Palm Oil Gains as Surging Indian Demand Seen Cutting Inventories

Palm oil advanced on speculation that reserves in Malaysia may drop from a record as India, the world’s largest importer, boosts purchases to meet a shortfall.

The contract for delivery in April gained 0.8 percent to 2,566 ringgit ($828) a metric ton by the 12:30 p.m. mid-day break on the Malaysia Derivatives Exchange in Kuala Lumpur. Futures have gained 5.3 percent this year.

India’s purchases of cooking oils surged 74 percent to a record 1.15 million tons in January from 659,979 tons a year earlier, according to the median of estimates from five processors and brokers compiled by Bloomberg. Imports of crude and refined palm oils jumped 76 percent to 900,000 tons, the survey showed. The Solvent Extractors’ Association of India will publish data next week.

“India being a price-sensitive market, it will always look for cheaper alternatives,” Prathamesh Mallya, an analyst at AnandRathi Commodities Ltd., said from Mumbai. “Malaysian exports may gain as the zero-export duty would attract Indian buyers. That would probably remove inventories from Malaysia.”

Stockpiles of the oil used in food and biofuels fell 3.8 percent to 2.53 million tons in January from an all-time high of 2.63 million tons a month earlier, according to a Bloomberg survey published yesterday. The Malaysian Palm Oil Board is due to release the data on Feb. 13.

Malaysia, the largest producer after Indonesia, will allow crude palm oil exports at zero duty for a third month in March if prices remain below a threshold of 2,250 ringgit a ton, Plantation Industries and Commodities Minister Bernard Dompok said Feb. 4. The country set the tariff at zero in January and extended it to February to clear the reserves.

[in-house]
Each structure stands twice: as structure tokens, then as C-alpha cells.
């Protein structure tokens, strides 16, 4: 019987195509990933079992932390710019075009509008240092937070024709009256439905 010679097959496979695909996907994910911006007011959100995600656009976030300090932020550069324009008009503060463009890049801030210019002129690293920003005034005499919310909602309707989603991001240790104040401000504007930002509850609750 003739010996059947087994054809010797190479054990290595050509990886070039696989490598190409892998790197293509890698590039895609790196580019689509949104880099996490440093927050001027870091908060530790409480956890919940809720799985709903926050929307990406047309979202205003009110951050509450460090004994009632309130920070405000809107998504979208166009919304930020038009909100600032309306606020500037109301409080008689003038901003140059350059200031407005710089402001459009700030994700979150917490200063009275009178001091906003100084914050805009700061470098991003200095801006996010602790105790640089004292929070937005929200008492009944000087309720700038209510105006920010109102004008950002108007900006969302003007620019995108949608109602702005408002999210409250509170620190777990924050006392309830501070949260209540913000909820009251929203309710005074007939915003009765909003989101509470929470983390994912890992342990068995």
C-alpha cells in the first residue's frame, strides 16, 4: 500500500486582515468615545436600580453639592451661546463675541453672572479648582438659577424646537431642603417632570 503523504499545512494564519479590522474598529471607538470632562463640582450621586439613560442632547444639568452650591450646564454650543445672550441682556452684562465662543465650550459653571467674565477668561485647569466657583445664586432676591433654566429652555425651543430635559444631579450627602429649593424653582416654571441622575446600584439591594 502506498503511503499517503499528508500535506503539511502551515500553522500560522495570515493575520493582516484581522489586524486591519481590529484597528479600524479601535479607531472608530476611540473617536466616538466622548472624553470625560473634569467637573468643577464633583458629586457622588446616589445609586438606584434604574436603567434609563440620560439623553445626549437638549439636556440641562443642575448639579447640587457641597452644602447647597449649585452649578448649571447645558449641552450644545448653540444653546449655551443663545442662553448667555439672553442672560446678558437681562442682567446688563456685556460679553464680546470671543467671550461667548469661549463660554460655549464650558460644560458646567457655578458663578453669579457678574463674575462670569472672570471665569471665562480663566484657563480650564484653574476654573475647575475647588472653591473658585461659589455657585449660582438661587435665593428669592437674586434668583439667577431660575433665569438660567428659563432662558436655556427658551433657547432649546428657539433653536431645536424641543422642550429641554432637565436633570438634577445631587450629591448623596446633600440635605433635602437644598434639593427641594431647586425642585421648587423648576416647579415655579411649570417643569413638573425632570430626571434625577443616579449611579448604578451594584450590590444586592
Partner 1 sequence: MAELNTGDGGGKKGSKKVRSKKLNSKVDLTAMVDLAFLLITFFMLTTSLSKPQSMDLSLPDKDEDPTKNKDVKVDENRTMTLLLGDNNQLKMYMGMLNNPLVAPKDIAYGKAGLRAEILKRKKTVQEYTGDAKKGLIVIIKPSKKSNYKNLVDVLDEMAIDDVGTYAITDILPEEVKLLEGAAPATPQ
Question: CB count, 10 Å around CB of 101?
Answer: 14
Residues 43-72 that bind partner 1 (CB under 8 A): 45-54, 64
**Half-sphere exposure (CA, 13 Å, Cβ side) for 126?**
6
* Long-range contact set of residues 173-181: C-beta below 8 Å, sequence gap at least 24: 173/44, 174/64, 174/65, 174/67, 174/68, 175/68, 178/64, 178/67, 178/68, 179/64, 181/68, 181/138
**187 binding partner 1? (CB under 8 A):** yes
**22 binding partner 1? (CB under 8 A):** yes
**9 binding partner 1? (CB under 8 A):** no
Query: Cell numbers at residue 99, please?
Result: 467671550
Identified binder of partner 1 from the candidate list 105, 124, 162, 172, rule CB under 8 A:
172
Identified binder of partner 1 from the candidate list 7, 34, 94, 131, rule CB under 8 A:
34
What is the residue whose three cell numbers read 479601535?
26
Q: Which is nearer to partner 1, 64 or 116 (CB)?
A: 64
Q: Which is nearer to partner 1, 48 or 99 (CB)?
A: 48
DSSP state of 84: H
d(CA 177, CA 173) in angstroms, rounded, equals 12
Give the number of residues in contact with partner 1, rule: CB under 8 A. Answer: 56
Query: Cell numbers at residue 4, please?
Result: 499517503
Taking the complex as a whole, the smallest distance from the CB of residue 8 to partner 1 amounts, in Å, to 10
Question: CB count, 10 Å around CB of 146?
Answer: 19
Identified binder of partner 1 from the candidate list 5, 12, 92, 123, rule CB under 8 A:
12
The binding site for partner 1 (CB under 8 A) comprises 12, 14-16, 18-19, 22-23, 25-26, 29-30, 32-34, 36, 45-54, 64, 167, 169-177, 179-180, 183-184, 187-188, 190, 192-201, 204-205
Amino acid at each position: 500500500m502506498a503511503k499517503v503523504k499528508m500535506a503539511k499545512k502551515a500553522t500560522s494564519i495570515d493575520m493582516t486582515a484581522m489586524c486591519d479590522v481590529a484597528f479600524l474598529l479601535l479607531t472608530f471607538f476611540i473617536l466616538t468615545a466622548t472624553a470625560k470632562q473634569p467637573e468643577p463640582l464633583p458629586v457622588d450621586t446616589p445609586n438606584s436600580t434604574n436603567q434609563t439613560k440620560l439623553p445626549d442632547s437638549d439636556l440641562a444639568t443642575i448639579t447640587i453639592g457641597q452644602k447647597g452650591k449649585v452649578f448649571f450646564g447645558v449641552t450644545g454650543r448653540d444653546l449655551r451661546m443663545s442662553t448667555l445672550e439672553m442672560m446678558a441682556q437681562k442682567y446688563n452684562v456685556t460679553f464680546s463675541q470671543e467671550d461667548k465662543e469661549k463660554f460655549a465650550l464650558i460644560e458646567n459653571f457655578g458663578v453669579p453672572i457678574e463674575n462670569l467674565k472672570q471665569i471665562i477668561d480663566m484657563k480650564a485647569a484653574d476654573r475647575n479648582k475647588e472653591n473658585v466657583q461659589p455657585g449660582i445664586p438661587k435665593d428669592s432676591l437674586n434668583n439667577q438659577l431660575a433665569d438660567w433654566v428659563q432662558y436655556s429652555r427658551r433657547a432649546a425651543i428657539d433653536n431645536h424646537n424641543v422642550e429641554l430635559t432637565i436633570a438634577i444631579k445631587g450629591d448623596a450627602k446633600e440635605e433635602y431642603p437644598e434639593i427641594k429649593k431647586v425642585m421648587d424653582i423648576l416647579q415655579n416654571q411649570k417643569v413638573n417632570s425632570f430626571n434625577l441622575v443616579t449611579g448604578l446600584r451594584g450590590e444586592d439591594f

Refined palm oil for delivery in September was little changed at 7,130 yuan ($1,143) a ton on the Dalian Commodity Exchange. Soybean oil for delivery in the same month dropped 0.5 percent to 8,768 yuan a ton.

Soybeans for March delivery declined 0.3 percent $14.8375 a bushel on the Chicago Board of Trade, while soybean oil for March delivery lost 0.3 percent to 52.31 cents a pound. Soybean oil costs about 1.39 times the price of palm oil.

To contact the reporter on this story: Ranjeetha Pakiam in Kuala Lumpur at rpakiam@bloomberg.net

To contact the editor responsible for this story: James Poole at jpoole4@bloomberg.net

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